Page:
You & I Poem by Fabrizio Frosini

You & I

Rating: 4.9

Making the best of what we had
Was our first deal. Pity it was not
Enough. Just a
Pre-destined route.

Our place is now deserted. Wretched
Like an unfinished song. It's the same
For both of us.

Whom do you belong to?
And I? You and I were together
At the beginning, when that
Song began. Will we be
Together at its end?

If not, there will always be
The memory;
Inextinguishable maybe
As long as we're alive —You
And/or I

And nothing else.


Copyright © Fabrizio Frosini - All rights reserved

You & I
Friday, December 19, 2014
Topic(s) of this poem: love
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You can read also my Italian version: Tu & Io

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Fabrizio Frosini 03 February 2016

THIS IS A NOTE FOR SOPHY CHEN, who asked for some of my poems to be translated into Chinese: to understand (some of the) meaning(s) of my poem, you can read the commentaries Daniel Brick wrote on it: ___________________________ POEM: “You & I” by Fabrizio Frosini COMMENT by D.J.Brick. « Let me first review the PLOT of this poem. A couple who joined their lives with great hopes for the future have separated. It’s sad but true, and may be for the best – at least, that what the man is saying. But he holds out the possibility of a reunion, even a new togetherness for them. But it’s only a possibility. THERE ARE NO GUARANTEES. The last stanza finds great joy in memory which is INEXTINGUISHABLE if the former partners are alive – or just one of them. The situation in the poem COULD have been absolute sadness, but the poet’s faith in memory is redemptive. It salvages something otherwise lost. » [Daniel Brick, at Poem Hunter] COMMENT by D.J.Brick. [email March 8,2015] YOU & I - Such simple pronouns in the simplest combination, yet it sums up that blessed condition of union between two people. It almost makes you forget that the clock looms over every mortal relationship, alternately illuminating or shadowing the course of events. The illuminating means the two parties are growing more intimate, sharing more deeply, accommodating inevitable changes in the other. The shadowing means these positive experiences diminish, are negated, and the parties lose any sense of a common identity. The poem ends with a kind of negative closure, namely, And nothing else. There are three questions in the middle stanza which are unanswered, and the second line of the poem could be transferred to its ending, 'Pity it cannot be/enough, to cinch the sense of failure. This is not a relationship on hold for things to improve, it is not likely to be salvaged by a period of adjustment or a trial separation. The speaker is forthright and candid, and there is no dissenting sign from the other party. It is over. And yet we as readers are not finished in assessing what this poem and the failure it embodies can tell us about the experience of love. The language of the poem is truthful, but it is not bitter. The parties agree their affair has failed, but neither one blames the other, nor do they blame themselves. Ironically, the sorrow they feel at their break-up is a shared feeling: although it divides them, it is not divisive in itself. They accede to failure without recriminations, or even regret. There is wistful quality in the poem, sensitively expressed by the speaker's reference to a shared song. I consider the absence of bitterness to be the outstanding emotional tone of this poem, and its absence opens a space and time for wistfulness and a profound last moment of sharing. I am reminded of a very early poem by Yeats, EPHEMERA, about an analogous break-up. The male speaker takes the lead in an offering of good will to his estranged partner and also a view of love which is larger than the details any single relationship. Other loves await us, he tells her. Our souls are love, and a continual farewell. He expresses a quiet confidence that their future ties to other lovers will not be blighted by this failure. He affirms that our need to pursue true love is deeply embedded in our natures at the soul-level, and ephemeral failures will not change this psychic reality. And finally, and most surprisingly, he affirms that what is good, truthful and beautiful in the experience of loving is a permanent aspect of SOUL. That is why he uses the surprising phrase a continual farewell, it is as if what is good, truthful and beautiful will never be entirely lost, erased from memory completely. Instead the experience even of failure becomes soul-stuff. Temporality is the very essence of human love. It occurs over time, it is fulfilled in time; it either lasts through time or it ends at some point in time. Yeats expresses its loss in time in dated florid language, Your eyes that once were never weary of mine/ Are bowed in sorrow under pendulous lids. In Fabrizio's poem, a similar diminution of passion is expressed in vigorous contemporary language: .. You and I were together/ At the beginning, when that/ Song began. Will we be/ Together at its end? Several things come to mind. A song is the briefest of musical forms; a song that lasts more than ten minutes is a rarity, so the image conveys the sorrow at the brevity of some relationships. Songs tend to accompany our lives and intersect with events in them; lovers frequently identify their relationship with the melody and lyrics of a shared favorite. A song cycle like Schubert's Die Schone Mullerin helps us understand passion and love; hearing a popular favorite long after the break-up brings a stab of memory. The word together appears in the first and last lines of this stanza, like a repeated note in a love song. The stanza with its song analogy is emblematic of the pre-destined route referred to in the first stanza. It expresses the pain and loss without sentimentality, making them all the more truthful. I find in this poem a faith in DESIRE and PASSION as forces operating on the deepest soul-level and on the highest temporal level. Of course, these two levels imply a continuum of psychic energy which connects them; they are not separate aspects of our being, but rather an holistic whole for which we struggle to find articulate language. In writing about Fabrizio's brief lyric poem in this way I may be turning a Schubert song into a Wagnerian opera! So be it. The resonance of lyric poetry often inspires the reader to follow a continuum that leads to depths not previously anticipated, and later the poem can return to its more familiar dimensions. What concerns me at this point is the frustration of desire and the residual energy of passion. How does the individual who has willingly agreed to sever a relationship cope with these powerful feelings of Desire and Passion? One answer is given in that branch of Hinduism which believes VISHNU is the Mahadeva or principal deity of the Universe, which owes it creation, preservation, and termination to his ministry. And Vishnu sleeps while rocking on the cosmic ocean and his dreaming is the stuff of the Universe with all of its myriad living beings. Even the lovers with their Desire and Passion are elements of his dreaming. And thus these powerful psychic forces arise out of him but eventually return into him. I began this essay with a statement about the surprising adequacy of the pronouns YOU and I to describe our human reality, but how completely inadequate are the pronouns he and him to identify the Mahadeva. Still the belief in a theistic being who can absorb the psychic energies rather than let them fester inside of us, doing damage to our will and reason, is profoundly reassuring. Both the Schubert song cycles and Wagner's TRISTAN UND ISOLDE end in suicide, because the released energy of Desire and Passion cannot be contained with a temporal frame. However, this situation may not require such a drastic resolution. It may be that the purpose of lyrical love poetry is to give voice to the temporal emotions and forestall these larger issues which demand a wider, either philosophical or theological perspective for resolution. And in this way a lyric poem like YOU & I or Mihaela Pirjol's COINCIDENCE OR FATE? can satisfy our existential issues. Or we can turn to a classic expression of Desire and Passion like John Keats's THE EVE OF ST. AGNES: Beyond a mortal man impassion'd far At these voluptuous accents, he arose, Ethereal, flush'd and like a throbbing star Seen mid the sapphire heaven's deep repose; Into her dream he melted, as the rose Blendeth its odour with the violet - Solution sweet….. And that may also be a solution sweet to the problem of the aftereffects of Desire and Passion I raised. [D.J. Brick, March 8,2015] ________________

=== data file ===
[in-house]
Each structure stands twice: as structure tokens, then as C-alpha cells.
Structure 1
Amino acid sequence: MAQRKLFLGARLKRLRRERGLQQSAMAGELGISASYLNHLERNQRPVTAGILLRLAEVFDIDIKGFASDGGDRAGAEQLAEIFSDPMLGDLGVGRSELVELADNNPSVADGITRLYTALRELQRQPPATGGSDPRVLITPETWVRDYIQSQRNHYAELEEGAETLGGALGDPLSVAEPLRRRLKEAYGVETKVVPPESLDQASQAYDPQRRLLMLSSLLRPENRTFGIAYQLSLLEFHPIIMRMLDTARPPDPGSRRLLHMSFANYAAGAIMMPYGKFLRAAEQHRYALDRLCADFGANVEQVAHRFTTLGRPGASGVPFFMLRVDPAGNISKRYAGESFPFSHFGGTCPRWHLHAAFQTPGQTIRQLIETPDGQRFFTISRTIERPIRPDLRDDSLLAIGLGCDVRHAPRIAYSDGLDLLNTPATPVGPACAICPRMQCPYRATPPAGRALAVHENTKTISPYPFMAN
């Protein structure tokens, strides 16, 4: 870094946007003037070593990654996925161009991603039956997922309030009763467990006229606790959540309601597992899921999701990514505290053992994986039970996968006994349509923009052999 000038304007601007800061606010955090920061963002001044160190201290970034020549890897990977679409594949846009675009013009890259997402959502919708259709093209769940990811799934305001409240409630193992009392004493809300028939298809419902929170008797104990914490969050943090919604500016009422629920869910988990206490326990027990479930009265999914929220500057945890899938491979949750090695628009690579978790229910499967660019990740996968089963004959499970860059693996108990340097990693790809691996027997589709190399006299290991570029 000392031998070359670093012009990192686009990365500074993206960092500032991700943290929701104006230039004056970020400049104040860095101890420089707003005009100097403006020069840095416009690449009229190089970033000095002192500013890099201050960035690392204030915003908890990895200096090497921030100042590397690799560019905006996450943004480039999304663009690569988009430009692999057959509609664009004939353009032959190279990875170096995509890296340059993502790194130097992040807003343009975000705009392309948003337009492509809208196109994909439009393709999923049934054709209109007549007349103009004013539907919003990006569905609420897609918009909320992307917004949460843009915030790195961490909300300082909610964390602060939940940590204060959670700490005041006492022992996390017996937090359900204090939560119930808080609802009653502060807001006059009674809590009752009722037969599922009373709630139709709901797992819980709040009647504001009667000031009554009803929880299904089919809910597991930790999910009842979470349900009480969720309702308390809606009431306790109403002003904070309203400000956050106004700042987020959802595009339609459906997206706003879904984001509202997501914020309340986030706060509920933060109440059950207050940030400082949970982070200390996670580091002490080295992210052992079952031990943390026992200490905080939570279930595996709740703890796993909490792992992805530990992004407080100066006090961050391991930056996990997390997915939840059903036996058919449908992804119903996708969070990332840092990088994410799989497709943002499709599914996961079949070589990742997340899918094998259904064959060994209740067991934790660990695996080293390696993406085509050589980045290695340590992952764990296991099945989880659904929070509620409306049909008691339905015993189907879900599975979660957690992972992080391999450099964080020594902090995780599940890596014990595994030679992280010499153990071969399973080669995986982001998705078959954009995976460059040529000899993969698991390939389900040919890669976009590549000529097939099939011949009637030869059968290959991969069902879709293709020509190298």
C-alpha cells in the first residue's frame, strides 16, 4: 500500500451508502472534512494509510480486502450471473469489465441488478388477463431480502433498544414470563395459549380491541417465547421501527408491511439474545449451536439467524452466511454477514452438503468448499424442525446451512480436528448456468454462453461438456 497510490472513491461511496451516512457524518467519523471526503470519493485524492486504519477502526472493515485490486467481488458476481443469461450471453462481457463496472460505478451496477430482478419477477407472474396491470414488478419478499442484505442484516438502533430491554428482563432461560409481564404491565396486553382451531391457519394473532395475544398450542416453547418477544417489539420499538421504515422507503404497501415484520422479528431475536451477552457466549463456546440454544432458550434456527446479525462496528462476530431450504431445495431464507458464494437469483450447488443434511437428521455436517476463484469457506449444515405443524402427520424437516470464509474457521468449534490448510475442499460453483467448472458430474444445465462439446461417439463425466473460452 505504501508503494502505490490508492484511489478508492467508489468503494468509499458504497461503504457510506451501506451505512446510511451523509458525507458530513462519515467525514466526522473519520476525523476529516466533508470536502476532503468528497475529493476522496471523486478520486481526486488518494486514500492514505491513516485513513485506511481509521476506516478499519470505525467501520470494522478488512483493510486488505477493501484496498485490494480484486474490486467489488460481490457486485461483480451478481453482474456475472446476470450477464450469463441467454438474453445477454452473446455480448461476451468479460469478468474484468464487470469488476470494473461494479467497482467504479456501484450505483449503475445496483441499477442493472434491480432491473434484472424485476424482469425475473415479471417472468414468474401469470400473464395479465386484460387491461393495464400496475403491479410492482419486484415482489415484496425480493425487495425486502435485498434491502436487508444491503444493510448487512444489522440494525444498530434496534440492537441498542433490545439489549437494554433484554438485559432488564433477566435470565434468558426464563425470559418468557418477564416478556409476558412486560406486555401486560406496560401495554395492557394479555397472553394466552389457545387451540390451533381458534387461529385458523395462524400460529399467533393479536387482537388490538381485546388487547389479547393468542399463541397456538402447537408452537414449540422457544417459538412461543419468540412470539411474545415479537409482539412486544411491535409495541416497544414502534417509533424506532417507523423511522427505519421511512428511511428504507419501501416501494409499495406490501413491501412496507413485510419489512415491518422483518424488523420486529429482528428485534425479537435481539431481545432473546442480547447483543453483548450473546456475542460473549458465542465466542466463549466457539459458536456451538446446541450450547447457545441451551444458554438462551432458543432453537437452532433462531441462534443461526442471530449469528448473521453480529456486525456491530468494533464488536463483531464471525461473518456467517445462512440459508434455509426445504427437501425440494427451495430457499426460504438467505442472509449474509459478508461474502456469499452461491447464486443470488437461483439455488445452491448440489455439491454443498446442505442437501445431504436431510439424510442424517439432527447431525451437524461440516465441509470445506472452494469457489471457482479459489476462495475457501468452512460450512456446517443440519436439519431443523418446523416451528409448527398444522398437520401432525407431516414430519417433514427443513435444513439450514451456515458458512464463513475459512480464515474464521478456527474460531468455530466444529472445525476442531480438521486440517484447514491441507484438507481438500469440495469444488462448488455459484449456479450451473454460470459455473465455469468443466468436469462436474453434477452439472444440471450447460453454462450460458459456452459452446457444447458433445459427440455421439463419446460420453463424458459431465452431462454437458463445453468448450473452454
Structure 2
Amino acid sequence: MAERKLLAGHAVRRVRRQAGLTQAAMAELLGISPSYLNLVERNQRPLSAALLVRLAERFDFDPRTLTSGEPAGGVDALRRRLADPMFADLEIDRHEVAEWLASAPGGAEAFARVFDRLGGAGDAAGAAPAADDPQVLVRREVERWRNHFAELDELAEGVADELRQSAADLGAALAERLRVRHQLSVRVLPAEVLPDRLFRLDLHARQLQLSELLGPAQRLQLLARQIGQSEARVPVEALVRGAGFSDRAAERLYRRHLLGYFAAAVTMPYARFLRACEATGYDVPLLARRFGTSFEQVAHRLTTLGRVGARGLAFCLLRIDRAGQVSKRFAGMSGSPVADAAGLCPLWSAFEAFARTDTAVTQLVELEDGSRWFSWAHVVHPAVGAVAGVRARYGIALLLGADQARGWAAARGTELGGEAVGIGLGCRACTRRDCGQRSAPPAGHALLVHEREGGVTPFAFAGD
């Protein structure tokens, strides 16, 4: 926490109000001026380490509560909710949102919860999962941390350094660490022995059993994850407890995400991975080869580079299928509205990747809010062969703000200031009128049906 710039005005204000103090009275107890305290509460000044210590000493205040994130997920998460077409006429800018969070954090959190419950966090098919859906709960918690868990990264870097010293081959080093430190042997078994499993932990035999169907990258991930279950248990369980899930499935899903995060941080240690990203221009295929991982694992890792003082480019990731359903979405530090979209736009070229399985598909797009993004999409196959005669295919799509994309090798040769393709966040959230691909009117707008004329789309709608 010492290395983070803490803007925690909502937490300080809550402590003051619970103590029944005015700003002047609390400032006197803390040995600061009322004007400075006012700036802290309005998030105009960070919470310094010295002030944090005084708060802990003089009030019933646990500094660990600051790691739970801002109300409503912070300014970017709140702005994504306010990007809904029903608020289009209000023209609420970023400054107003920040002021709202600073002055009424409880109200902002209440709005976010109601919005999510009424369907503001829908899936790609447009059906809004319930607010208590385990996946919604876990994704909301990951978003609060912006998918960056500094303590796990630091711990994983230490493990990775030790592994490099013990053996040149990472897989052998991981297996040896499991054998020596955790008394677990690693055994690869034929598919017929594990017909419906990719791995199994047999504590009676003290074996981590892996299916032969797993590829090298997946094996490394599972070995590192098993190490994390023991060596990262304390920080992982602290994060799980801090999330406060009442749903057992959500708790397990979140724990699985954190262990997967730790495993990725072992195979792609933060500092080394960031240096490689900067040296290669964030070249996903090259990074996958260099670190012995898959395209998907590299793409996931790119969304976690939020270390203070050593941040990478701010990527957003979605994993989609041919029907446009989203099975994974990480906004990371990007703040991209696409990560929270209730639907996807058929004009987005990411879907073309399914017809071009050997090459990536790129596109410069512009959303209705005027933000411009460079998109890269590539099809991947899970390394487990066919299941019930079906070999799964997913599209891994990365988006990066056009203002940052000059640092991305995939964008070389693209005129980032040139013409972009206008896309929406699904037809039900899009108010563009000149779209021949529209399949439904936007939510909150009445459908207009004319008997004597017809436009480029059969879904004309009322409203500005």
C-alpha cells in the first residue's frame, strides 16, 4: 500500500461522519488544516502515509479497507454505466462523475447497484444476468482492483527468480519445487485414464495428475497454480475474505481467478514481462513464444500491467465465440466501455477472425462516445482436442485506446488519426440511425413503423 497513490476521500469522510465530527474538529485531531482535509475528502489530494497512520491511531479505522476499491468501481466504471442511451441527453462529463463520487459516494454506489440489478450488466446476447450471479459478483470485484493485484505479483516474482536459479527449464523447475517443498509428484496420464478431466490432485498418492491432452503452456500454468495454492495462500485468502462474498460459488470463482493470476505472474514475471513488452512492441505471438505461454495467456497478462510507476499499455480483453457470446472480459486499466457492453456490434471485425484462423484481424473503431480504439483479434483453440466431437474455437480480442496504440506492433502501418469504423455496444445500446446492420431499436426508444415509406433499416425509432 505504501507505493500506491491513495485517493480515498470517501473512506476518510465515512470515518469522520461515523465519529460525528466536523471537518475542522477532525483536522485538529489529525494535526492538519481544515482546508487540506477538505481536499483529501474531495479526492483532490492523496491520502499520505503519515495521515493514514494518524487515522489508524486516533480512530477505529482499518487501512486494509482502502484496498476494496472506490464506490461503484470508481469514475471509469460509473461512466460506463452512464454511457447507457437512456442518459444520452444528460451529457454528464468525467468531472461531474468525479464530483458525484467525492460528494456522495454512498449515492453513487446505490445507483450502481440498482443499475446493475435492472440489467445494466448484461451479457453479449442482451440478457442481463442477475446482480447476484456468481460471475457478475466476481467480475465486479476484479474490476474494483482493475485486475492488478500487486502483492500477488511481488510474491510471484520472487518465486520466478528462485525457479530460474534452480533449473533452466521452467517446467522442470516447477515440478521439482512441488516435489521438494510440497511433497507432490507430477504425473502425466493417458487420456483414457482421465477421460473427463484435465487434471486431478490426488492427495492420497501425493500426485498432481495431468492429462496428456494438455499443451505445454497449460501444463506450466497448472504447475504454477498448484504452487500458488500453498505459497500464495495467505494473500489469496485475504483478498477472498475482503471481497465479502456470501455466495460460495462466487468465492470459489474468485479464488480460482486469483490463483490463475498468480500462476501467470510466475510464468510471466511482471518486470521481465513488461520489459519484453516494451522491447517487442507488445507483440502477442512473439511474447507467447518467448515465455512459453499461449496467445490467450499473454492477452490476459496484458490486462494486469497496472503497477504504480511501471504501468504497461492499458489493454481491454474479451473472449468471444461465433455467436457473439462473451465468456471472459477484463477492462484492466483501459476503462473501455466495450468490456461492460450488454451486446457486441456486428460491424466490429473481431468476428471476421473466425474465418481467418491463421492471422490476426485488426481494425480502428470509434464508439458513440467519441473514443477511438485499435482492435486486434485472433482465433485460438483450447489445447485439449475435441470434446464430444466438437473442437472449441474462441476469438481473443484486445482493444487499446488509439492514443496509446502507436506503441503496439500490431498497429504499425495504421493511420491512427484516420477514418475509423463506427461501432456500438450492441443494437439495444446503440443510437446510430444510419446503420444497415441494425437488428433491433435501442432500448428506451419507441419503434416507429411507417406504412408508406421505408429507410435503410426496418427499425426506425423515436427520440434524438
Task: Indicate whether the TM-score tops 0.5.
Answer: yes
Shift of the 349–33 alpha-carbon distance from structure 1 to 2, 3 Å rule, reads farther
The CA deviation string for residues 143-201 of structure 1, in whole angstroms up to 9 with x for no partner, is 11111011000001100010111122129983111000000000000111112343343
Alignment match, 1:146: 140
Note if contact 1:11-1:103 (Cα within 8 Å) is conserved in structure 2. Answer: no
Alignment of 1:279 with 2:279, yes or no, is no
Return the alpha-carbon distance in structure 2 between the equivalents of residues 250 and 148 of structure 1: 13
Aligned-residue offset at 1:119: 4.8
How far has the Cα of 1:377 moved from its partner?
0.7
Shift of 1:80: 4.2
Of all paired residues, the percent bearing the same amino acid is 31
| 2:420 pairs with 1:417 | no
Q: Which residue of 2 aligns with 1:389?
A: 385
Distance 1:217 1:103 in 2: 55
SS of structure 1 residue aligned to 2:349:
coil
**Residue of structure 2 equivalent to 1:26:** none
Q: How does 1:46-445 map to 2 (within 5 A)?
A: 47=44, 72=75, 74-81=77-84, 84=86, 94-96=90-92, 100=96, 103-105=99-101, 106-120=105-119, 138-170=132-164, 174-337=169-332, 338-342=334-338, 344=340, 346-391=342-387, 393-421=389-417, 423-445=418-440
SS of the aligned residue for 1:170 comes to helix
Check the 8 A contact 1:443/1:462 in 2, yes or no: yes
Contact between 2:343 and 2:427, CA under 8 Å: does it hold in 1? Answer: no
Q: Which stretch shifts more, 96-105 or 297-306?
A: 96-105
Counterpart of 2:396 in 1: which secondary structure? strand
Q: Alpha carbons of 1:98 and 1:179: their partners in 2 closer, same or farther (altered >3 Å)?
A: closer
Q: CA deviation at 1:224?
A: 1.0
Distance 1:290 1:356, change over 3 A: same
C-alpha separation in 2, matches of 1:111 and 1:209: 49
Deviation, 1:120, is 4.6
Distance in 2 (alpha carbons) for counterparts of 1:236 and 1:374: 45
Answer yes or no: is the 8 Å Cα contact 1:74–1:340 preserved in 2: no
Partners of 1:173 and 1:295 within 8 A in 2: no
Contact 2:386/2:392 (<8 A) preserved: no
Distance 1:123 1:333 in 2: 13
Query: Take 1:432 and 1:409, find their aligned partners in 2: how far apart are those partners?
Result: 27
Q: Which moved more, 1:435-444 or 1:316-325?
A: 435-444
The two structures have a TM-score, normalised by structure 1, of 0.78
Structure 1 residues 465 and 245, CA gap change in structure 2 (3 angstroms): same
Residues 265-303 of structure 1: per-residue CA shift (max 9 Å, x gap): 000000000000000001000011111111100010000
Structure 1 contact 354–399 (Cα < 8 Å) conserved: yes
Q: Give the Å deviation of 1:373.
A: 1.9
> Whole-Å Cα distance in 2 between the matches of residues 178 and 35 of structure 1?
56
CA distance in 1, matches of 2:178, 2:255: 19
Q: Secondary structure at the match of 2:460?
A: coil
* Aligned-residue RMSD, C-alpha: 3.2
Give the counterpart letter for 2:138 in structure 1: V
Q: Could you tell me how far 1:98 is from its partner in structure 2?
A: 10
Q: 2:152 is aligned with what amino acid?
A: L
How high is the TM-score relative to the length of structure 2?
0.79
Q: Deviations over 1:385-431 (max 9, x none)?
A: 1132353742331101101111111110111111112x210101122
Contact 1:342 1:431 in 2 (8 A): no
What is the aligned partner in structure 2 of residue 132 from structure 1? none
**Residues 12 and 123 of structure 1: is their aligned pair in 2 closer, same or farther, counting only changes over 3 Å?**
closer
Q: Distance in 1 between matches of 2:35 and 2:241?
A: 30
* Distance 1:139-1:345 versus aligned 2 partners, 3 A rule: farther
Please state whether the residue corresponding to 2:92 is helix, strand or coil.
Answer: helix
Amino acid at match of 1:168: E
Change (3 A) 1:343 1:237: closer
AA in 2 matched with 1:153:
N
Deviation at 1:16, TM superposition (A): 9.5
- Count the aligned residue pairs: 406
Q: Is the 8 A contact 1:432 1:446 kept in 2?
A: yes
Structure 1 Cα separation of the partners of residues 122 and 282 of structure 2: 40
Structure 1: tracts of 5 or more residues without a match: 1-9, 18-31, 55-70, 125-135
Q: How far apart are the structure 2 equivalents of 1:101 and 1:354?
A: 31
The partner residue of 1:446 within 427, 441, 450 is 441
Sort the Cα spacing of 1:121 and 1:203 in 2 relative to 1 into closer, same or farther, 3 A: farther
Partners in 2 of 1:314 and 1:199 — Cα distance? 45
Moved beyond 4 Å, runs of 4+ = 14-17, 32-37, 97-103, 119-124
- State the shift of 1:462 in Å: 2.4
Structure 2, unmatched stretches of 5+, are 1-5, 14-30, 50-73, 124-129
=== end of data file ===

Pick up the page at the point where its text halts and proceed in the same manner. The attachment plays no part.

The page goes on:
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Hannington Mumo 12 August 2020

This is such a sweetly skill-inundated composition - penned with a confident delicacy of nuance and poetic rhythm doubtless rare these days...I particularly salute the author's multilingual versatility, too. Kudos, 'doctor' versifier!

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Michael Walker 29 September 2019

A brilliant though quite sad love poem. So often this is what happens to love.

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Fabrizio Frosini 05 October 2019

indeed love is a tale of happy and sad moments... isn't it? :) All the best, dear Michael.

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Thabani Khumalo 16 September 2019

I can only make the best of what I have if does not involve one thing - a soul is what I do not have to give. Fabrizio Frosini, keep up your work because you view is poetic therefore, beautiful.

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Fabrizio Frosini 29 September 2019

Hi Thabani. Thank you for visiting and commenting. Gracias!

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A B Faniki 09 August 2019

Nice poem. Elegant and simply with a touch of longing. Thanjs for sharing

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Fabrizio Frosini 29 September 2019

thanks. Blessings

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Mahtab Bangalee 15 July 2019

o song of togetherness no, no, never can decay the love of you and me without any heavenly bless..........//

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Fabrizio Frosini 16 July 2019

thank you for visiting and commenting

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Fabrizio Frosini

Fabrizio Frosini

Tuscany, Italy